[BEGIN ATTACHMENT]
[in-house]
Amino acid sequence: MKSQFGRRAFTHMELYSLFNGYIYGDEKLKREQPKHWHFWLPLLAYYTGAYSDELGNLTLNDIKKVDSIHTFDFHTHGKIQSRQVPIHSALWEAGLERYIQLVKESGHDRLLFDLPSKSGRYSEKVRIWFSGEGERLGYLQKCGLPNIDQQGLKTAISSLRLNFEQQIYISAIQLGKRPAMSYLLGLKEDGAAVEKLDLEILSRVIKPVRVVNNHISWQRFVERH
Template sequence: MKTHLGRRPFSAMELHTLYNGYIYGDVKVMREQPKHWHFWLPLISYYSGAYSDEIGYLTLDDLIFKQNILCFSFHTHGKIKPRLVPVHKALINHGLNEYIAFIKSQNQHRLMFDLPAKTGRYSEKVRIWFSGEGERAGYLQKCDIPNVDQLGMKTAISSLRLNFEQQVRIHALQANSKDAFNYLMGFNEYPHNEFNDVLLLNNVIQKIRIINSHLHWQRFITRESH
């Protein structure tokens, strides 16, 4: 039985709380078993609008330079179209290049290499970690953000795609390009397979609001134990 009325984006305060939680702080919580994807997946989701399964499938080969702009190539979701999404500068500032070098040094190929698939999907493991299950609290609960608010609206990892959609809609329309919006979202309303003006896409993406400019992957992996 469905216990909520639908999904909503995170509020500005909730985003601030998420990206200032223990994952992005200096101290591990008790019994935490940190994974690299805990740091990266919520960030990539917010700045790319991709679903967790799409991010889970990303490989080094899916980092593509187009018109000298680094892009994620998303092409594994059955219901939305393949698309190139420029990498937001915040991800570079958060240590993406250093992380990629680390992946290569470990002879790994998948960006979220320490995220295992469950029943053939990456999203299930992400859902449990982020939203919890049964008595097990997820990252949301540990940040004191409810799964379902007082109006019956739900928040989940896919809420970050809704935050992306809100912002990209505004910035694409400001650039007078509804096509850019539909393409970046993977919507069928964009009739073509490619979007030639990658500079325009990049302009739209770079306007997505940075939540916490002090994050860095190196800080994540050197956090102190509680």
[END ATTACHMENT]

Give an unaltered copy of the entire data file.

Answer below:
[in-house]
Amino acid sequence: MKSQFGRRAFTHMELYSLFNGYIYGDEKLKREQPKHWHFWLPLLAYYTGAYSDELGNLTLNDIKKVDSIHTFDFHTHGKIQSRQVPIHSALWEAGLERYIQLVKESGHDRLLFDLPSKSGRYSEKVRIWFSGEGERLGYLQKCGLPNIDQQGLKTAISSLRLNFEQQIYISAIQLGKRPAMSYLLGLKEDGAAVEKLDLEILSRVIKPVRVVNNHISWQRFVERH
Template sequence: MKTHLGRRPFSAMELHTLYNGYIYGDVKVMREQPKHWHFWLPLISYYSGAYSDEIGYLTLDDLIFKQNILCFSFHTHGKIKPRLVPVHKALINHGLNEYIAFIKSQNQHRLMFDLPAKTGRYSEKVRIWFSGEGERAGYLQKCDIPNVDQLGMKTAISSLRLNFEQQVRIHALQANSKDAFNYLMGFNEYPHNEFNDVLLLNNVIQKIRIINSHLHWQRFITRESH
């Protein structure tokens, strides 16, 4: 039985709380078993609008330079179209290049290499970690953000795609390009397979609001134990 009325984006305060939680702080919580994807997946989701399964499938080969702009190539979701999404500068500032070098040094190929698939999907493991299950609290609960608010609206990892959609809609329309919006979202309303003006896409993406400019992957992996 469905216990909520639908999904909503995170509020500005909730985003601030998420990206200032223990994952992005200096101290591990008790019994935490940190994974690299805990740091990266919520960030990539917010700045790319991709679903967790799409991010889970990303490989080094899916980092593509187009018109000298680094892009994620998303092409594994059955219901939305393949698309190139420029990498937001915040991800570079958060240590993406250093992380990629680390992946290569470990002879790994998948960006979220320490995220295992469950029943053939990456999203299930992400859902449990982020939203919890049964008595097990997820990252949301540990940040004191409810799964379902007082109006019956739900928040989940896919809420970050809704935050992306809100912002990209505004910035694409400001650039007078509804096509850019539909393409970046993977919507069928964009009739073509490619979007030639990658500079325009990049302009739209770079306007997505940075939540916490002090994050860095190196800080994540050197956090102190509680």